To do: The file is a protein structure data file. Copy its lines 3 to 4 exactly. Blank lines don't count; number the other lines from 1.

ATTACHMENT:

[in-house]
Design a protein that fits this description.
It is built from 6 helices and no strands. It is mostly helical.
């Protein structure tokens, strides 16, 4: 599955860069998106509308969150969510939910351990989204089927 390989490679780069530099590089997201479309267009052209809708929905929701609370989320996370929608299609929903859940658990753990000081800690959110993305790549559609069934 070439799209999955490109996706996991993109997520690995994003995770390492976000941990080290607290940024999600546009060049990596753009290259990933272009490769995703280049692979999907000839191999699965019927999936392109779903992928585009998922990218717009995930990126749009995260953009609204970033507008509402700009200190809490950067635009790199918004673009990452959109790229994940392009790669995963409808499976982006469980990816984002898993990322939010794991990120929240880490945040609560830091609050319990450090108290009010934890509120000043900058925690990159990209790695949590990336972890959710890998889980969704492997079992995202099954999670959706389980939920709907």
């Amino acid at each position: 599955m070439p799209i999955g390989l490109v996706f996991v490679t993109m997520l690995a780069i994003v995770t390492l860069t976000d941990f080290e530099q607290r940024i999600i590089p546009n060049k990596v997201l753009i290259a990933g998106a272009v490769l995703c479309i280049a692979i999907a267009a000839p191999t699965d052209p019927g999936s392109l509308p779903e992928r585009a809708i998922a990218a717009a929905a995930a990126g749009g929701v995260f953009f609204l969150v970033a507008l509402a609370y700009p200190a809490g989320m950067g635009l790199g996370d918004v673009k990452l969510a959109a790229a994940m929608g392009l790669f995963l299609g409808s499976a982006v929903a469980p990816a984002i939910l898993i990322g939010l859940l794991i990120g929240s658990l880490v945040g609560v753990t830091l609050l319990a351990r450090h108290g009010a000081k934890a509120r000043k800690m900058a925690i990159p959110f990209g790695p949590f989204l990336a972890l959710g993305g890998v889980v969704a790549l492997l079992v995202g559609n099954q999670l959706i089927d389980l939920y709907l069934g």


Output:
It is built from 6 helices and no strands. It is mostly helical.
């Protein structure tokens, strides 16, 4: 599955860069998106509308969150969510939910351990989204089927 390989490679780069530099590089997201479309267009052209809708929905929701609370989320996370929608299609929903859940658990753990000081800690959110993305790549559609069934 070439799209999955490109996706996991993109997520690995994003995770390492976000941990080290607290940024999600546009060049990596753009290259990933272009490769995703280049692979999907000839191999699965019927999936392109779903992928585009998922990218717009995930990126749009995260953009609204970033507008509402700009200190809490950067635009790199918004673009990452959109790229994940392009790669995963409808499976982006469980990816984002898993990322939010794991990120929240880490945040609560830091609050319990450090108290009010934890509120000043900058925690990159990209790695949590990336972890959710890998889980969704492997079992995202099954999670959706389980939920709907």